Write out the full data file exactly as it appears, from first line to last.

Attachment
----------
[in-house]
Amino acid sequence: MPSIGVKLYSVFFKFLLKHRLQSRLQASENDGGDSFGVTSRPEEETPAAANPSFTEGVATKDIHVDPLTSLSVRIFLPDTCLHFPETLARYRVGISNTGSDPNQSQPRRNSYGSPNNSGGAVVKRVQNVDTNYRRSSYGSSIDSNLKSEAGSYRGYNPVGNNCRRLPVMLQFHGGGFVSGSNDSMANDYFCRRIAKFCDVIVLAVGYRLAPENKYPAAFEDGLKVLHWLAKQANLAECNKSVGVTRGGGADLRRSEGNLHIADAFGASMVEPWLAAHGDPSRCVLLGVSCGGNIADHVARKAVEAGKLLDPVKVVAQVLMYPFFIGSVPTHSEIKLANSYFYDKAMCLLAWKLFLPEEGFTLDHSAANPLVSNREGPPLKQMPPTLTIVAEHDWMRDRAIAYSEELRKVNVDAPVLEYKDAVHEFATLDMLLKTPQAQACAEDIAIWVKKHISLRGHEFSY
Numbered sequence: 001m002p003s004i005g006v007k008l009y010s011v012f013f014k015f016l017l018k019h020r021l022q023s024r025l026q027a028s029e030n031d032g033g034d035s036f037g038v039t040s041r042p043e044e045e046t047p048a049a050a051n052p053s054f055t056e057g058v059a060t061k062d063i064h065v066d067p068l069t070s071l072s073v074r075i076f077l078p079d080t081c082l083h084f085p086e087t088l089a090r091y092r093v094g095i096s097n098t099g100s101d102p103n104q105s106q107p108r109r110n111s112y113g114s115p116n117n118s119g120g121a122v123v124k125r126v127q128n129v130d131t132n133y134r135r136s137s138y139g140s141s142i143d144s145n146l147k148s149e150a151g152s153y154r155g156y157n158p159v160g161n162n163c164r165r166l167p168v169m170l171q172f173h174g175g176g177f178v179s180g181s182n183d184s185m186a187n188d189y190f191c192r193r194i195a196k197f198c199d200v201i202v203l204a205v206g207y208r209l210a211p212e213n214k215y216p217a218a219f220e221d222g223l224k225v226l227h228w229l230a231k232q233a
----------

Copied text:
[in-house]
Amino acid sequence: MPSIGVKLYSVFFKFLLKHRLQSRLQASENDGGDSFGVTSRPEEETPAAANPSFTEGVATKDIHVDPLTSLSVRIFLPDTCLHFPETLARYRVGISNTGSDPNQSQPRRNSYGSPNNSGGAVVKRVQNVDTNYRRSSYGSSIDSNLKSEAGSYRGYNPVGNNCRRLPVMLQFHGGGFVSGSNDSMANDYFCRRIAKFCDVIVLAVGYRLAPENKYPAAFEDGLKVLHWLAKQANLAECNKSVGVTRGGGADLRRSEGNLHIADAFGASMVEPWLAAHGDPSRCVLLGVSCGGNIADHVARKAVEAGKLLDPVKVVAQVLMYPFFIGSVPTHSEIKLANSYFYDKAMCLLAWKLFLPEEGFTLDHSAANPLVSNREGPPLKQMPPTLTIVAEHDWMRDRAIAYSEELRKVNVDAPVLEYKDAVHEFATLDMLLKTPQAQACAEDIAIWVKKHISLRGHEFSY
Numbered sequence: 001m002p003s004i005g006v007k008l009y010s011v012f013f014k015f016l017l018k019h020r021l022q023s024r025l026q027a028s029e030n031d032g033g034d035s036f037g038v039t040s041r042p043e044e045e046t047p048a049a050a051n052p053s054f055t056e057g058v059a060t061k062d063i064h065v066d067p068l069t070s071l072s073v074r075i076f077l078p079d080t081c082l083h084f085p086e087t088l089a090r091y092r093v094g095i096s097n098t099g100s101d102p103n104q105s106q107p108r109r110n111s112y113g114s115p116n117n118s119g120g121a122v123v124k125r126v127q128n129v130d131t132n133y134r135r136s137s138y139g140s141s142i143d144s145n146l147k148s149e150a151g152s153y154r155g156y157n158p159v160g161n162n163c164r165r166l167p168v169m170l171q172f173h174g175g176g177f178v179s180g181s182n183d184s185m186a187n188d189y190f191c192r193r194i195a196k197f198c199d200v201i202v203l204a205v206g207y208r209l210a211p212e213n214k215y216p217a218a219f220e221d222g223l224k225v226l227h228w229l230a231k232q233a